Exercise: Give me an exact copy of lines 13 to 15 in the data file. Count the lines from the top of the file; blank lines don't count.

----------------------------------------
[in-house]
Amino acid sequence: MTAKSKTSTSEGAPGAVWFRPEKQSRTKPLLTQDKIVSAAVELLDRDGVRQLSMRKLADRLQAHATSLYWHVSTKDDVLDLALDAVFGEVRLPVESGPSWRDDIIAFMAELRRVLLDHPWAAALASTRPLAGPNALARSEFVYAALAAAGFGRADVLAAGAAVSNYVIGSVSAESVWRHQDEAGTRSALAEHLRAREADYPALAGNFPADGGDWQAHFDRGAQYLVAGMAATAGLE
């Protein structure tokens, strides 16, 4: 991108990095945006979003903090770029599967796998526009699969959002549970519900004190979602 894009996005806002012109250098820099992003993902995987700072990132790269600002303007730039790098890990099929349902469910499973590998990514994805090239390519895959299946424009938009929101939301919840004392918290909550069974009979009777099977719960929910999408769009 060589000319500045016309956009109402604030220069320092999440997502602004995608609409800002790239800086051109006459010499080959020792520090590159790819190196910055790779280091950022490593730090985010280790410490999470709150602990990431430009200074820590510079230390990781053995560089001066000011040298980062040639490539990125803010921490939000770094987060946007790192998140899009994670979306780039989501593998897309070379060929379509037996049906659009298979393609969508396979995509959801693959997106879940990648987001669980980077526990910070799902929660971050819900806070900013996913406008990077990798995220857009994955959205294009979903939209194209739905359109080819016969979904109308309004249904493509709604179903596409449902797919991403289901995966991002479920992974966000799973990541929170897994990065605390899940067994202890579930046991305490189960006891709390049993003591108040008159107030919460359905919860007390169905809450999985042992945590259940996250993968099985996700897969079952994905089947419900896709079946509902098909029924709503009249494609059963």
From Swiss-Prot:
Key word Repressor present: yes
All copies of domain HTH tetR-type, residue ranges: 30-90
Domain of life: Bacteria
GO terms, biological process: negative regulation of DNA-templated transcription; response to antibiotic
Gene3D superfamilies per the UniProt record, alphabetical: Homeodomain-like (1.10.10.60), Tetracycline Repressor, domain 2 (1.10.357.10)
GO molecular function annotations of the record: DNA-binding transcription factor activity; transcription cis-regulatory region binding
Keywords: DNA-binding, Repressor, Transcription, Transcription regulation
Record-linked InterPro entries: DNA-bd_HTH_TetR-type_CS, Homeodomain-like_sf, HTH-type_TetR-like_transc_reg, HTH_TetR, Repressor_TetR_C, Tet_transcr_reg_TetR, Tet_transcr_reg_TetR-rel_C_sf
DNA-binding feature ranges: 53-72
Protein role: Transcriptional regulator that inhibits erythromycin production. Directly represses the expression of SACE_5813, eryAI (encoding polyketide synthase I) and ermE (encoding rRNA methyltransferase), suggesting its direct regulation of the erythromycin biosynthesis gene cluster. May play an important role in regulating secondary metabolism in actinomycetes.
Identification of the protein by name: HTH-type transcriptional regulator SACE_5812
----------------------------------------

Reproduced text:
DNA-binding feature ranges: 53-72
Protein role: Transcriptional regulator that inhibits erythromycin production. Directly represses the expression of SACE_5813, eryAI (encoding polyketide synthase I) and ermE (encoding rRNA methyltransferase), suggesting its direct regulation of the erythromycin biosynthesis gene cluster. May play an important role in regulating secondary metabolism in actinomycetes.
Identification of the protein by name: HTH-type transcriptional regulator SACE_5812